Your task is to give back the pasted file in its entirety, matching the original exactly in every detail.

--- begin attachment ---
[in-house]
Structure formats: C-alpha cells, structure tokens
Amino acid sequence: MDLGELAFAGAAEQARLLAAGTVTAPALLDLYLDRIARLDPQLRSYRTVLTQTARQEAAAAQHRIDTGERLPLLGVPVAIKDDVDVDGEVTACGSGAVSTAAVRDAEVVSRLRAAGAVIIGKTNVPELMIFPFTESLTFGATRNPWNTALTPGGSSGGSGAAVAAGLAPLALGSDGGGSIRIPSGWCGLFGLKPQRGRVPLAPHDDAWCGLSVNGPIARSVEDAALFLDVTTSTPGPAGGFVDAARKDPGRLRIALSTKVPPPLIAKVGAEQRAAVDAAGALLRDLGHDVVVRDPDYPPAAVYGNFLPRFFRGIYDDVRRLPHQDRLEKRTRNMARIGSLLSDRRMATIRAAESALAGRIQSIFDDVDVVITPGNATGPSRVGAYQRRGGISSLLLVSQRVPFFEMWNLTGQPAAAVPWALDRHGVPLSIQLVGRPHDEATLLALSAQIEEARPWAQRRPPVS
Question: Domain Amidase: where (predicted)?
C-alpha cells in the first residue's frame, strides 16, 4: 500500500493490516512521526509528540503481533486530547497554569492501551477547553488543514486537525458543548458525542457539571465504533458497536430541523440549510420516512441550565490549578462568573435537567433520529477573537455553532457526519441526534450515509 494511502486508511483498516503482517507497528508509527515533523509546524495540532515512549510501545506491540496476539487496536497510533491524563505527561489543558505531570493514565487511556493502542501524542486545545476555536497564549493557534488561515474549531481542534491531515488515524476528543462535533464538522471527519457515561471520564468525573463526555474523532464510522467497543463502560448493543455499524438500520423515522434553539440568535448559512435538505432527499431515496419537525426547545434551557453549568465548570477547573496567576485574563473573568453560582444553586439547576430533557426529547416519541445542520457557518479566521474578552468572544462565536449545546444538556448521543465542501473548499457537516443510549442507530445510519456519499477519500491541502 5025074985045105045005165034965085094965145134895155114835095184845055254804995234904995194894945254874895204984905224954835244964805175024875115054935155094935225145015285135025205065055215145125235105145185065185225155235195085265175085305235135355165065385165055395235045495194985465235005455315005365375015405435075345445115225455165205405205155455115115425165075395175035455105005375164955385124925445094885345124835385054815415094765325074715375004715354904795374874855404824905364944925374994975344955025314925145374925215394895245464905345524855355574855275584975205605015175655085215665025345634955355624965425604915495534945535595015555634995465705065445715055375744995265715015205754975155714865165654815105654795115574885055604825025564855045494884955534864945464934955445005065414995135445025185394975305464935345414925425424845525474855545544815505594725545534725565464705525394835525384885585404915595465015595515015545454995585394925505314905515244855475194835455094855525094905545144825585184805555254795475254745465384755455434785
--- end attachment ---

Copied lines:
[in-house]
Structure formats: C-alpha cells, structure tokens
Amino acid sequence: MDLGELAFAGAAEQARLLAAGTVTAPALLDLYLDRIARLDPQLRSYRTVLTQTARQEAAAAQHRIDTGERLPLLGVPVAIKDDVDVDGEVTACGSGAVSTAAVRDAEVVSRLRAAGAVIIGKTNVPELMIFPFTESLTFGATRNPWNTALTPGGSSGGSGAAVAAGLAPLALGSDGGGSIRIPSGWCGLFGLKPQRGRVPLAPHDDAWCGLSVNGPIARSVEDAALFLDVTTSTPGPAGGFVDAARKDPGRLRIALSTKVPPPLIAKVGAEQRAAVDAAGALLRDLGHDVVVRDPDYPPAAVYGNFLPRFFRGIYDDVRRLPHQDRLEKRTRNMARIGSLLSDRRMATIRAAESALAGRIQSIFDDVDVVITPGNATGPSRVGAYQRRGGISSLLLVSQRVPFFEMWNLTGQPAAAVPWALDRHGVPLSIQLVGRPHDEATLLALSAQIEEARPWAQRRPPVS
Question: Domain Amidase: where (predicted)?
C-alpha cells in the first residue's frame, strides 16, 4: 500500500493490516512521526509528540503481533486530547497554569492501551477547553488543514486537525458543548458525542457539571465504533458497536430541523440549510420516512441550565490549578462568573435537567433520529477573537455553532457526519441526534450515509 494511502486508511483498516503482517507497528508509527515533523509546524495540532515512549510501545506491540496476539487496536497510533491524563505527561489543558505531570493514565487511556493502542501524542486545545476555536497564549493557534488561515474549531481542534491531515488515524476528543462535533464538522471527519457515561471520564468525573463526555474523532464510522467497543463502560448493543455499524438500520423515522434553539440568535448559512435538505432527499431515496419537525426547545434551557453549568465548570477547573496567576485574563473573568453560582444553586439547576430533557426529547416519541445542520457557518479566521474578552468572544462565536449545546444538556448521543465542501473548499457537516443510549442507530445510519456519499477519500491541502 5025074985045105045005165034965085094965145134895155114835095184845055254804995234904995194894945254874895204984905224954835244964805175024875115054935155094935225145015285135025205065055215145125235105145185065185225155235195085265175085305235135355165065385165055395235045495194985465235005455315005365375015405435075345445115225455165205405205155455115115425165075395175035455105005375164955385124925445094885345124835385054815415094765325074715375004715354904795374874855404824905364944925374994975344955025314925145374925215394895245464905345524855355574855275584975205605015175655085215665025345634955355624965425604915495534945535595015555634995465705065445715055375744995265715015205754975155714865165654815105654795115574885055604825025564855045494884955534864945464934955445005065414995135445025185394975305464935345414925425424845525474855545544815505594725545534725565464705525394835525384885585404915595465015595515015545454995585394925505314905515244855475194835455094855525094905545144825585184805555254795475254745465384755455434785